Not a lot to be done with $1.00 on Carbon. Too little, in fact, to sit down at the lowest NLHE table they have. I probably should’ve weighed my options more carefully before hastily grabbing a seat at the lowest limit LHE table ($0.02/$0.04) where the play uncannily resembles $2/$4 live. There I ground my one dollar down to just 20 cents before I skedaddled. I suppose after losing the first hand or two I was playing not to lose -- with “scared money” (so to speak). I think there’s a six-cent tourney on the schedule listed somewhere which is where my silly little “zero-to-hero” story will next go.
I imagine I’m responding here like a lot of recreational online players who aren’t yet rushing to deposit again. I do miss playing, and am reasonably certain I’ll try to get a smallish roll back online again soon, probably either on Carbon or Bodog (where I already have an account). But I suppose the trauma of getting suddenly shut out, never mind the slight uncertainty over future cash-outs should I deposit again, is causing me to act more prudently with this decision than I did when sitting down to play LHE for pennies last week.
(By the way, for the mathematically-inclined, check out this interesting post on Quantitative Poker analyzing and weighing all of the new factors faced by U.S. players like myself who are contemplating whether or not to join a new site: “To play or not to play: Optimal game selection with risky operators.”)
Since April 15 I’ve been occasionally searching back through old UIGEA-related posts to revisit various moments in its almost five-year history. In one such post, dated October 12, 2006 (the day before President Bush signed the bill into law), I found the following sentence: “I envision very little (really, no) recourse for the online player who suddenly discovers he cannot access his favorite online site.”
Just days later PartyPoker -- a favorite of many at the time -- would no longer be accessible to Americans. And it kind of felt at the time like most of the other sites would soon follow suit, although as we know that didn’t quite happen. Now it has, and while the unexpected unsealing of the indictments and civil complaint wasn’t necessarily the way we’d thought it could happen, we all sort of knew for a long time now that it was always possible that the games could go away.
I was chatting with a friend last week, an older fellow who has told me the story before of his immigrant parents running an illegal gambling operation out of their home when he was a child. I don’t remember all of the details, but there were poker games. I think there was an elaborate, ongoing bingo game, too, in which he might’ve had to participate in its running.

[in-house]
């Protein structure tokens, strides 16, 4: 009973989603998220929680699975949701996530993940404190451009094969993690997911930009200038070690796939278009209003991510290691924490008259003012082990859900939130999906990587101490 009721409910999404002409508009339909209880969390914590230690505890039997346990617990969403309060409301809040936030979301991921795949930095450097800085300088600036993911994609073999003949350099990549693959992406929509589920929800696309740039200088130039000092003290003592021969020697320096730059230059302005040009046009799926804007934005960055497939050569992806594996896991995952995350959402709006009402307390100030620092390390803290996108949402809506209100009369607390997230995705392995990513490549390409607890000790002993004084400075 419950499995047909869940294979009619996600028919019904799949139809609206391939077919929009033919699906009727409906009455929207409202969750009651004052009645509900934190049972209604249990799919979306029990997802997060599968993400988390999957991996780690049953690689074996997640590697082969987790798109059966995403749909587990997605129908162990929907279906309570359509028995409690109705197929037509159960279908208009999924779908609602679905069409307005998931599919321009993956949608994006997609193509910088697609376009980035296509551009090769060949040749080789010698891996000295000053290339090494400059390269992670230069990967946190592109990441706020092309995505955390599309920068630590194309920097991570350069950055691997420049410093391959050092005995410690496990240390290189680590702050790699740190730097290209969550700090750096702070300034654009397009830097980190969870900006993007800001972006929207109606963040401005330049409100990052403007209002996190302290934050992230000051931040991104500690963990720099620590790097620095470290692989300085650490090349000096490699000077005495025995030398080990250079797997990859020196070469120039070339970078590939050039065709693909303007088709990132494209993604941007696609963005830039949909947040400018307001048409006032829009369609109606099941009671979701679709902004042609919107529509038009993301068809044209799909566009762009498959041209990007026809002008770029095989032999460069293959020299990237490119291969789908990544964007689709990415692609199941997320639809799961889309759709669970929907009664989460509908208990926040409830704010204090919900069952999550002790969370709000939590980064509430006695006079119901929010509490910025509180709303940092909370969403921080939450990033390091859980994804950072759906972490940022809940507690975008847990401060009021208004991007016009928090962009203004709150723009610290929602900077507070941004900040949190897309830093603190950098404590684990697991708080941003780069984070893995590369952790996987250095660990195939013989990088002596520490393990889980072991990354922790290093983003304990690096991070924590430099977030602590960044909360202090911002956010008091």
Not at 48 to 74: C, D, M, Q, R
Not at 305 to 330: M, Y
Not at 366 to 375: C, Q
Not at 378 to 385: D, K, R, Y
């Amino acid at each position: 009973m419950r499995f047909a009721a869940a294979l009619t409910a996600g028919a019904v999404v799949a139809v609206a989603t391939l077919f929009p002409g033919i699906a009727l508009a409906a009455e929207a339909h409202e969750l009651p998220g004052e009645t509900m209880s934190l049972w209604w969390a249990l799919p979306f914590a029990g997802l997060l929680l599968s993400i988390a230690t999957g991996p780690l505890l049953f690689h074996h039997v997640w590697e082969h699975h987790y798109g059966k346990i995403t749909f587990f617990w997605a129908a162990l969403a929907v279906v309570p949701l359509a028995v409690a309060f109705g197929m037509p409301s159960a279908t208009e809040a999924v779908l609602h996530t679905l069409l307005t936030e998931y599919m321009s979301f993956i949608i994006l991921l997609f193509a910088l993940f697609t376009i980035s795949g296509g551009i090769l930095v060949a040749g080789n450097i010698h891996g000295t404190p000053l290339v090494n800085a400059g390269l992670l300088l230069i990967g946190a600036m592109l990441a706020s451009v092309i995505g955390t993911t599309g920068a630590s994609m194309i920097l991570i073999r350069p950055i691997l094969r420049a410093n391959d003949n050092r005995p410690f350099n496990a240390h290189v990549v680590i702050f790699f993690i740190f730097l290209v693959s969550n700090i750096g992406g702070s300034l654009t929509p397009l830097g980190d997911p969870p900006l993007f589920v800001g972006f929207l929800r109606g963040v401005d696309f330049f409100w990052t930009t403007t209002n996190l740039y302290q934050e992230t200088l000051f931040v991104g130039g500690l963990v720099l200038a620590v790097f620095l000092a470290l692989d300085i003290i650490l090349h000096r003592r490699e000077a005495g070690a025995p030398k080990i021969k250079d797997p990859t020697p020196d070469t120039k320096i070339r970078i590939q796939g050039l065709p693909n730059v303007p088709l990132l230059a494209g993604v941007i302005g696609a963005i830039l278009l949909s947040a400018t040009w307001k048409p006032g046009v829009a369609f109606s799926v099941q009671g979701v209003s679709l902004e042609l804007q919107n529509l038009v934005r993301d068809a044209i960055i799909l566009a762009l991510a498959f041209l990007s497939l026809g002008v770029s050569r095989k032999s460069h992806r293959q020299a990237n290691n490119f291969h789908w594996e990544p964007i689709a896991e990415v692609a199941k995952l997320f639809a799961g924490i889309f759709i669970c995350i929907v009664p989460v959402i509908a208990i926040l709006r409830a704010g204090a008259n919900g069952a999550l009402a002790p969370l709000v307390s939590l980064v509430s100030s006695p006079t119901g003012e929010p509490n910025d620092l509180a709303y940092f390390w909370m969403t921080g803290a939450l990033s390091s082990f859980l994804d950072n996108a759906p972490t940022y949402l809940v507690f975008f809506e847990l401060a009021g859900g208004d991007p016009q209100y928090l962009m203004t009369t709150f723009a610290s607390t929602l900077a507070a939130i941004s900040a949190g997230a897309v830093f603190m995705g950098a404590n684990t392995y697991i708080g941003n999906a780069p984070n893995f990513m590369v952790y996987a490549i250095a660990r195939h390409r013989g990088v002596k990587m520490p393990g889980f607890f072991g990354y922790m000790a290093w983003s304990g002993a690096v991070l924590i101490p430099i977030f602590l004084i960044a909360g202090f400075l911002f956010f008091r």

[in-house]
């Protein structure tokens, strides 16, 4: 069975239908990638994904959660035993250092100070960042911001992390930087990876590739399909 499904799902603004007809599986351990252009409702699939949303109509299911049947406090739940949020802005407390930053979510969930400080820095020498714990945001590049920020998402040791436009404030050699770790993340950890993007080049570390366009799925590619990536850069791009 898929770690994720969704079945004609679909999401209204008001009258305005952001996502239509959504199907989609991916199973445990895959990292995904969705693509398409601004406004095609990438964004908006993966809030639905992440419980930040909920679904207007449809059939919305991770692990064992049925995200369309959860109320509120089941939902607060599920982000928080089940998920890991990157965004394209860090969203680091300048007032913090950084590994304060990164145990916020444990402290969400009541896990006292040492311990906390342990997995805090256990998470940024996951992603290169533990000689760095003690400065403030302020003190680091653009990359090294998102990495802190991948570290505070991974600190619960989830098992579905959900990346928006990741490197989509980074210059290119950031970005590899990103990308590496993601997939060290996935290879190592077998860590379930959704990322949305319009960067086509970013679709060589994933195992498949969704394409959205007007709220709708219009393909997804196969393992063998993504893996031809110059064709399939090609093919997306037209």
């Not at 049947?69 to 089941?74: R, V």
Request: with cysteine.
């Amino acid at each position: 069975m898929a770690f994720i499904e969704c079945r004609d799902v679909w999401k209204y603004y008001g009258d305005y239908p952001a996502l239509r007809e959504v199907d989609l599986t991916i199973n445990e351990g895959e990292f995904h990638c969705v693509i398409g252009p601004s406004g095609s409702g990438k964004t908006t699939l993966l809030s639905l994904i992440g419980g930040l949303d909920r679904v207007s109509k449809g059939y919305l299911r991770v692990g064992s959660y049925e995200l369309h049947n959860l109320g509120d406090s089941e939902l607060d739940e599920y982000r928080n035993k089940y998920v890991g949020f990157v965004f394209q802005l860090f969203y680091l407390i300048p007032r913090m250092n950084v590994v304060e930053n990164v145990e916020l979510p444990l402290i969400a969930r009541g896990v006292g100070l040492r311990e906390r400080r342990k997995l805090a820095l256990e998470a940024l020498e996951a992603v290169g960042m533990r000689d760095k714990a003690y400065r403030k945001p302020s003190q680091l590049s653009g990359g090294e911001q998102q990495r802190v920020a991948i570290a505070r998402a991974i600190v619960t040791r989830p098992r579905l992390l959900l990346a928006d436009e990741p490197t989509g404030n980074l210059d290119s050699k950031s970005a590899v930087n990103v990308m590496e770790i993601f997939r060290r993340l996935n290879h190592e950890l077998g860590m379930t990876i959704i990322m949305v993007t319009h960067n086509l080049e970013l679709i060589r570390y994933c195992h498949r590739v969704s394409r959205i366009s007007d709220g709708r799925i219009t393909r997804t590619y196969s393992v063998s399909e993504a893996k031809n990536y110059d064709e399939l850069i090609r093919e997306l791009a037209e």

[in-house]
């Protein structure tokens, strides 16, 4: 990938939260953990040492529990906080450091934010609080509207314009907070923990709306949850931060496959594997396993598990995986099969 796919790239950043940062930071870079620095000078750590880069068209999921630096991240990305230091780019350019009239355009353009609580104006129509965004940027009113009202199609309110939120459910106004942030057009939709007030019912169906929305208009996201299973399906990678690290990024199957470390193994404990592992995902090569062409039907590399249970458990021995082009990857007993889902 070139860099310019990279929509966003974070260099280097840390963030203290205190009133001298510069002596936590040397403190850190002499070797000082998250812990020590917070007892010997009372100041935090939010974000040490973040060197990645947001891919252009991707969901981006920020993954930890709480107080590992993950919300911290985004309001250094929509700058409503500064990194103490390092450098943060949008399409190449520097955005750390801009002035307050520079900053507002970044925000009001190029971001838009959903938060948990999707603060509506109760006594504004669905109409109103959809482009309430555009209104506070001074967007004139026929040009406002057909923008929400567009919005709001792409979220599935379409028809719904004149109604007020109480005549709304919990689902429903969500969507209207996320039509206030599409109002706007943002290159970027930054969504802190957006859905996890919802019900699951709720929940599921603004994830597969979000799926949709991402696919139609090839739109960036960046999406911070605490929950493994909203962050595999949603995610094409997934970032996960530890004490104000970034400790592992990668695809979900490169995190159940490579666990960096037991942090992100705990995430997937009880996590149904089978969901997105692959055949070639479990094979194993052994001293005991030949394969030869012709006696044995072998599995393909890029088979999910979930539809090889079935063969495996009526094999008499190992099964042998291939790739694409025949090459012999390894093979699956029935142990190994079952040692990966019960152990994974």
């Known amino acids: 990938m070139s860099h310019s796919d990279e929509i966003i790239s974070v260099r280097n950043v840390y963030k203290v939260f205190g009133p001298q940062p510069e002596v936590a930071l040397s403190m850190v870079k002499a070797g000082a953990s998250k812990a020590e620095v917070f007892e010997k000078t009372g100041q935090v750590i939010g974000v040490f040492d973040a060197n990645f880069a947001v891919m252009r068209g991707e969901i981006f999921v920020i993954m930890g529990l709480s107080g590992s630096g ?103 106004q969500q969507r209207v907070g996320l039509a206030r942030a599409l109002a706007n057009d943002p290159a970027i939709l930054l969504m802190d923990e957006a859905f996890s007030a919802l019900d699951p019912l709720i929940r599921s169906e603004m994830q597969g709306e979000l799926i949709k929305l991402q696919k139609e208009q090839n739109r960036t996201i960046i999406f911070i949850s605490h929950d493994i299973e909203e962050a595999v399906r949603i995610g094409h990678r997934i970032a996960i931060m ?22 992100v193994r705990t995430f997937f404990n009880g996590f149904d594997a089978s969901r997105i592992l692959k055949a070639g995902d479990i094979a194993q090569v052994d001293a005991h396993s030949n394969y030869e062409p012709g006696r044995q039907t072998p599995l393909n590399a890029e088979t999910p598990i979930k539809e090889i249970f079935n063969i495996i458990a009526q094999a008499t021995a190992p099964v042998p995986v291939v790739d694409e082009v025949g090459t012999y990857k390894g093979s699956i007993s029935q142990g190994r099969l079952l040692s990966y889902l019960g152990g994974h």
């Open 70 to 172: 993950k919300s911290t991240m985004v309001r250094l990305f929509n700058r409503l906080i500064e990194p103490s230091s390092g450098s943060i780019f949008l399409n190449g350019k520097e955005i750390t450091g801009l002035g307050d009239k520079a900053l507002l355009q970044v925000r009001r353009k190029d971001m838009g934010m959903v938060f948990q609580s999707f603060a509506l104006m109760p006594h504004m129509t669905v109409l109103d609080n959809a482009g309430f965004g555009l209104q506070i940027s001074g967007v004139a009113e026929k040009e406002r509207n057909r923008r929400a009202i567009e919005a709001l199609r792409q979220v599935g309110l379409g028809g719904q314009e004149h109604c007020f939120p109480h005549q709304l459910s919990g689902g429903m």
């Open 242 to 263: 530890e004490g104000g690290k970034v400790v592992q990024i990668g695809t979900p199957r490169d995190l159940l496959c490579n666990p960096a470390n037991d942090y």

Whenever he and I talk, we almost always talk about poker. And when we do talk about poker, he always takes an interest in what I have to tell him about my own experiences, as well as what I have to say about the state of the game, generally speaking. But he’s always made it clear to me that he has a kind of a personal distaste for poker and gambling, primarily because of his experiences growing up.
His aversion to gambling games -- including poker -- is absolutely reasonable. Such games were never much fun for him. In fact, they introduced enormous stress into his childhood, since his family lived in constant fear that their lives would be utterly disrupted should the cops ever catch wind of what was happening under their roof.
As I was thinking over the weekend again about my friend’s childhood, I realized how his personal story was somewhat analogous to the larger story of online poker. Could have been those raids last Friday down in Costa Rica by the OIJ that triggered this line of thinking.
Certainly since 2006, but really even before, I imagine anyone who’s played online poker has always done so with a vague apprehension that the game could suddenly go away at any moment. And I mean that in all senses -- from the simple, temporary loss of internet connectivity to the sudden shutdown or unavailablity of sites we’ve now experienced on multiple occasions.
No one wants to live in fear. And we all know in poker that playing in fear -- with “scared money” -- is hardly recommended.
In fact, “playing in fear” seems kind of paradoxical, doesn’t it? I mean, why do we play games? To experience pleasure. To enjoy ourselves. To feel good, happy. To relax. And to escape, to some extent, the worries or anxieties we experience when not playing.
No, I don’t want to play a game in fear. However, I do want to play Fear: